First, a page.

Monday, January 15, 2007
An article in the New York Times -- Documents Borne by Winds of Free Speech, by Tom Zeller, Jr. -- details the release of the controversial Eli Lilly Zyprexa documents. (On the controversial documents, see our prior posts on December 16, December 18, December 19, and December 21; and see this post with links to Eli Lilly's responses.) Here's an excerpt from the article:
It all began with Dr. David Egilman of Massachusetts, who was a consulting witness in ongoing litigation against Lilly. Dr. Egilman had in his possession a trove of internal Lilly documents — not all of them flattering to the company — sealed by the court as part of that litigation.
Comes James B. Gottstein, a lawyer from Alaska, who was pursuing unrelated litigation for mentally ill patients in his state. He somehow got wind (and precisely how is the subject of separate legal jujitsu) that Dr. Egilman had some interesting documents.
Mr. Gottstein sends Dr. Egilman a subpoena for copies. Hell begins breaking loose.
In a letter dated Dec. 6, Dr. Egilman informed Lilly’s lawyers, as was required by the order sealing the documents, that he had been subpoenaed. Lilly’s lawyers expressed their deep displeasure in a Dec. 14 letter to Mr. Gottstein, and politely told him to back off. In a response a day later, Mr. Gottstein informed them, among other things, that it was too late, and that some of the material had already been produced.
It seems Mr. Gottstein was also apparently in a sharing mood, which is how hundreds of pages ended up with a Times reporter, Alex Berenson — and about a dozen or so other individuals and organizations.
This is also how copies of the documents ended up on various Web servers — and when that happened, things changed. While surely painful for Lilly, the online proliferation began flirting with some bedrock principles of free speech and press, as well as some practical realities that looked a fair bit like toothpaste out of its tube.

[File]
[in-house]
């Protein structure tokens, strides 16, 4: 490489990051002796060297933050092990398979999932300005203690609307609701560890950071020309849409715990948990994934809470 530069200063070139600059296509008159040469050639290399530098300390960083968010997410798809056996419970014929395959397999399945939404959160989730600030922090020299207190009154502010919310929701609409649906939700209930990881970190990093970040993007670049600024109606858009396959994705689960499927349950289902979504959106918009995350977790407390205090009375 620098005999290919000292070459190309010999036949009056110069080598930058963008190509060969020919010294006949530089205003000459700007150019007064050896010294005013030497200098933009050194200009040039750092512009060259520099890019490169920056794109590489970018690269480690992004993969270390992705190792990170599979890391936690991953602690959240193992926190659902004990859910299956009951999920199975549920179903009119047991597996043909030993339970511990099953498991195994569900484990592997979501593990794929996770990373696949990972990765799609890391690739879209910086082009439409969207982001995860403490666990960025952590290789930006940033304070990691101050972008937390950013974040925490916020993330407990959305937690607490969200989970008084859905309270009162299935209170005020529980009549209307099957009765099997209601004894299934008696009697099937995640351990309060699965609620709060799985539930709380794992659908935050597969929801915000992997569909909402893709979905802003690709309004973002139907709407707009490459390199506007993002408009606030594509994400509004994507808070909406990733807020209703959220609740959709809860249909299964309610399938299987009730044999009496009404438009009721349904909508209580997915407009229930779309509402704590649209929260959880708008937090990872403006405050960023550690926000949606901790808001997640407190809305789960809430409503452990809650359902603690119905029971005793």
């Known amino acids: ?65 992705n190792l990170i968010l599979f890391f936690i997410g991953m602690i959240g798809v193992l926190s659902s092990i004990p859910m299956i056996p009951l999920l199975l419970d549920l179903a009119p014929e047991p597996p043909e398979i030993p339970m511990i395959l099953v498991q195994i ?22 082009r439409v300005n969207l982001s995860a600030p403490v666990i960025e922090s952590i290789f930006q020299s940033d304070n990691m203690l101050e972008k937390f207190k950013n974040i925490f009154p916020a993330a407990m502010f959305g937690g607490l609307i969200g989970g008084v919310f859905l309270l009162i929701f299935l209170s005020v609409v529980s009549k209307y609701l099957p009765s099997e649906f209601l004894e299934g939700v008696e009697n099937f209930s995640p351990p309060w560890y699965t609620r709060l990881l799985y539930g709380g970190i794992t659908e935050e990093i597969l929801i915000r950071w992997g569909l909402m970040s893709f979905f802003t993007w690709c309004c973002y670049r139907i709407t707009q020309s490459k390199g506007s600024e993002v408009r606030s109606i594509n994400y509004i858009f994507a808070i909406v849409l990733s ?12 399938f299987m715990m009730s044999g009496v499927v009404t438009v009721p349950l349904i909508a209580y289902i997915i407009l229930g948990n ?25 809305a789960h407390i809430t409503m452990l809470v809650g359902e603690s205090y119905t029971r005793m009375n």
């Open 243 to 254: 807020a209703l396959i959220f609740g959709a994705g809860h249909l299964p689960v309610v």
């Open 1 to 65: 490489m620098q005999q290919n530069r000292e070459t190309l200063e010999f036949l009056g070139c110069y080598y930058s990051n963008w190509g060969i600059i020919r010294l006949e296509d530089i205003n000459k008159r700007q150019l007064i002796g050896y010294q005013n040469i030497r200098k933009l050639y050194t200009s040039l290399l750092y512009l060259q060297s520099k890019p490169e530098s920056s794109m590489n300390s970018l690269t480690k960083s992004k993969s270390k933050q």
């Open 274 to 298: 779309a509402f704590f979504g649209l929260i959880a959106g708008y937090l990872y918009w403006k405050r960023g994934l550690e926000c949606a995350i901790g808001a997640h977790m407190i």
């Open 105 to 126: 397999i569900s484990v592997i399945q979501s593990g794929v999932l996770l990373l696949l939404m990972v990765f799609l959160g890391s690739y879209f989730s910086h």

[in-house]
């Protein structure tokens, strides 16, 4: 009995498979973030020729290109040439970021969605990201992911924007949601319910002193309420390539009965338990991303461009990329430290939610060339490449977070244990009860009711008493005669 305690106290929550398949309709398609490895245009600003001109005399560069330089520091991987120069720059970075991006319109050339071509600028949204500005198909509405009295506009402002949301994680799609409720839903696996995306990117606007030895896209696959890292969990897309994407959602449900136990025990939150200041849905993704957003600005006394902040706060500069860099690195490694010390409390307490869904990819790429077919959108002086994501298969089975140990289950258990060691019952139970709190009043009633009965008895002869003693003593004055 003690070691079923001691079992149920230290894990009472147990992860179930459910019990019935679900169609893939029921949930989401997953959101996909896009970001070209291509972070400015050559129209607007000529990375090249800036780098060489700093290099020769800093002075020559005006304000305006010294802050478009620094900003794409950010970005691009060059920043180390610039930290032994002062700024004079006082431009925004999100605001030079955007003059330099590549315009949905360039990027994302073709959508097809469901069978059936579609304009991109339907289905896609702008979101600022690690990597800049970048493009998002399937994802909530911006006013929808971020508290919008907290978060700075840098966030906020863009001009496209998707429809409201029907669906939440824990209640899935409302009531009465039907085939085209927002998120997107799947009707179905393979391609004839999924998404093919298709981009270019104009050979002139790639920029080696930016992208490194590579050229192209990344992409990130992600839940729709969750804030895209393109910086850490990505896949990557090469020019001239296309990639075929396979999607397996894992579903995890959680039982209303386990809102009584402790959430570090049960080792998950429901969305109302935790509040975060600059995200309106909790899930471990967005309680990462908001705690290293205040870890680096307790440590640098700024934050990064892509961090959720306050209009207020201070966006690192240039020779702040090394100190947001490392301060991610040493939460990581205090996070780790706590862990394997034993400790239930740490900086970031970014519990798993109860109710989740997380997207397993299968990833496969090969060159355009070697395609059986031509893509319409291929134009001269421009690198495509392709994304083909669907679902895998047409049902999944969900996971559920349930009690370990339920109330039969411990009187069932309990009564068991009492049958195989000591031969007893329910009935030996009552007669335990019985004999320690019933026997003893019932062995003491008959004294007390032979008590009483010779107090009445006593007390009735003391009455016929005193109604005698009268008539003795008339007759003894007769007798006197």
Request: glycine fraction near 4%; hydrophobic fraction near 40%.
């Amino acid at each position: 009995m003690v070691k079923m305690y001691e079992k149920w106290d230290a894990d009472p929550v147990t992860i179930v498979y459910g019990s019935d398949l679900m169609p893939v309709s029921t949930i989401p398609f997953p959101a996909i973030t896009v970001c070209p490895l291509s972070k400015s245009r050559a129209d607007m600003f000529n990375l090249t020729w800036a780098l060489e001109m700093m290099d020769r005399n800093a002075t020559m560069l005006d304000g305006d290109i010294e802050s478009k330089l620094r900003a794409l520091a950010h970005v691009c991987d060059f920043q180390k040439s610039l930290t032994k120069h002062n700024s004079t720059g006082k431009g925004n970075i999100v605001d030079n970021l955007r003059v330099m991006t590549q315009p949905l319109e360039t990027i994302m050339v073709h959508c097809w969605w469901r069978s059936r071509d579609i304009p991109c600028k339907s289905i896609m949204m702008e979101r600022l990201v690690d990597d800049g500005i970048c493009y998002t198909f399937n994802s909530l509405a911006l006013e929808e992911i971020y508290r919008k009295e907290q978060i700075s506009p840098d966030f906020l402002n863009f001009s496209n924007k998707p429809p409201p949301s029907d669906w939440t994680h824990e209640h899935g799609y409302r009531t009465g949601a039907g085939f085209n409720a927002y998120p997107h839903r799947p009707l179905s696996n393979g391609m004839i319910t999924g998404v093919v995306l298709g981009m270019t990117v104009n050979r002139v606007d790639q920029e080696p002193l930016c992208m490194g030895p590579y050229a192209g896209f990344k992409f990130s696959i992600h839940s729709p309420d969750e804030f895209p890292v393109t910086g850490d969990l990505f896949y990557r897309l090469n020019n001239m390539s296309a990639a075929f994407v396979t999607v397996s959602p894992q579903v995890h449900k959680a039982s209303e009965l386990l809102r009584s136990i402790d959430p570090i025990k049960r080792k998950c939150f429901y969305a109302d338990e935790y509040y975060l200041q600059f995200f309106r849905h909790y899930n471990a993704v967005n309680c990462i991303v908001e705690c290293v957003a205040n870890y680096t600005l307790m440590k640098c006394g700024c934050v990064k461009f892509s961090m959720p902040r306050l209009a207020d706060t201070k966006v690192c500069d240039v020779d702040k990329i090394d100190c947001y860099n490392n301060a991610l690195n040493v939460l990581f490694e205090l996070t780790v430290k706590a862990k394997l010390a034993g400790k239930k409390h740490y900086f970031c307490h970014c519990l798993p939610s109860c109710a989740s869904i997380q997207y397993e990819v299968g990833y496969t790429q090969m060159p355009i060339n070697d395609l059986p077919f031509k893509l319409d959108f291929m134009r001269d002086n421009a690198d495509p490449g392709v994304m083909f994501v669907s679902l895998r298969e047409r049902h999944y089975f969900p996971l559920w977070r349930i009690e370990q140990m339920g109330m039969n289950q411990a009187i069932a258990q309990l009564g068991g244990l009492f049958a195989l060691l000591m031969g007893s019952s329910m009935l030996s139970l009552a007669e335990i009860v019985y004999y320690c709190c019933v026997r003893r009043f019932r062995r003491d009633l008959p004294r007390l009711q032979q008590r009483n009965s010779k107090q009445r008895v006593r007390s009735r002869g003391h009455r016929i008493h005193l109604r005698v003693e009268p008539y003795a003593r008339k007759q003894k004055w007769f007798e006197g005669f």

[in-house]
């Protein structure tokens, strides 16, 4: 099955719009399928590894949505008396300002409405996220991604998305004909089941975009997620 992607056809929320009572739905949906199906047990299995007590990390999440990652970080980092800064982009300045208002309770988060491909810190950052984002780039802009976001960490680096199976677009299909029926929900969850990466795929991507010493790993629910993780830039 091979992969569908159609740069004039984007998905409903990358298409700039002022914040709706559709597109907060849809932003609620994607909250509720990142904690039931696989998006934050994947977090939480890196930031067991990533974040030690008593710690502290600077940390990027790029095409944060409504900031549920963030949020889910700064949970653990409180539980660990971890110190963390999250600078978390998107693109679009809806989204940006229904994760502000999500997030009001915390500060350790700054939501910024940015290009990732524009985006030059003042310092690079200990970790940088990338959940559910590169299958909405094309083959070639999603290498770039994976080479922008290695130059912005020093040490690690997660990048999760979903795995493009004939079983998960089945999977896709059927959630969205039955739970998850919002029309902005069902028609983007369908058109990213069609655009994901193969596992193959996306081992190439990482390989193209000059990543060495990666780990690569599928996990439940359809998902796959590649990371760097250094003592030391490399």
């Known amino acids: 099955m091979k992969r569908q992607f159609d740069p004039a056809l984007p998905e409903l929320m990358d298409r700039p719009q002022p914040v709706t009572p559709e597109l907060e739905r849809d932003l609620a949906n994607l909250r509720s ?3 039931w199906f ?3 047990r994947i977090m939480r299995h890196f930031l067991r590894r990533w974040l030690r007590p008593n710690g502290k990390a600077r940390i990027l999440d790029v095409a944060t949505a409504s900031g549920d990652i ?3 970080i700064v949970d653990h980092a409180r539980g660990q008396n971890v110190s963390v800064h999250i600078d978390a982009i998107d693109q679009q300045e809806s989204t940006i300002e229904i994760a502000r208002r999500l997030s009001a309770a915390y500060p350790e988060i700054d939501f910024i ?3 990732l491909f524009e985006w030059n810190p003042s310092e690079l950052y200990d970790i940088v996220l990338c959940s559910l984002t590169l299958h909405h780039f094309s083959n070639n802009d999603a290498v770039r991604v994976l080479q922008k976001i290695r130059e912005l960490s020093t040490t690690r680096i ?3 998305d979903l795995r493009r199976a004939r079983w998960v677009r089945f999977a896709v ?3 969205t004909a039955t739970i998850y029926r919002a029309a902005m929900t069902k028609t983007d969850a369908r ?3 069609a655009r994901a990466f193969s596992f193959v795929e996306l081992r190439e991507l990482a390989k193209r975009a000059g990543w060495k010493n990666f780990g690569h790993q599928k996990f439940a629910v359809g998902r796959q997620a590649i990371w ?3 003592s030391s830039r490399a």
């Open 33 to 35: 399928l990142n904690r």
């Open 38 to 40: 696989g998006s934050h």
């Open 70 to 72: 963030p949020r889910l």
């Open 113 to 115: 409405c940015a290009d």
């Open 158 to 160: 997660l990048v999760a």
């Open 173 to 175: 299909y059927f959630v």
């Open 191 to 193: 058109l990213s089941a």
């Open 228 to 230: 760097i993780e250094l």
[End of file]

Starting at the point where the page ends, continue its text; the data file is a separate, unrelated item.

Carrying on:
Nonetheless, last month, United States District Judge Jack B. Weinstein ordered Mr. Gottstein to provide a list of recipients to whom he had distributed the contraband pages, and to collect each copy back.
The New York Times article also quotes William Childs, editor of the TortsProf Blog, which is affiliated with this blog through the Law Professor Blogs Network:
On his TortsProf blog (snipurl.com/Torts), William G. Childs, an assistant professor at Western New England School of Law in Springfield, Mass., put it this way in a headline: “Judge Tries to Unring Bell Hanging Around Neck of Horse Already Out of Barn Being Carried on Ship That Has Sailed.”
A similar problem occurred in the tobacco litigation in late 1990s, when, if I recollect correctly, the judge in the Minnesota Attorney General case ruled that whole categories of types of documents were not privileged, based on a review by the special master of only a sample of the documents in each category. Disagreeing with the judge's approach to examining privilege (there is much to disagree with in such a privilege-review-by-sample approach),the tobacco defendants then continued to keep trying to claim privilege on the other documents across the country. Ultimately, I believe Congress subpoenaed the documents and put them on the internet, and plaintiffs argued against defendants' privilege assertions by saying the cat was out of the bag (add that to William Childs' animal metaphors). While at some point documents may become newsworthy and unable to be recovered (especially in the internet age), any such inappropriate and contested release of documents to the public should not be deemed to affect how courts treat the documents for litigation and trial purposes, e.g., finding implied waiver of privilege.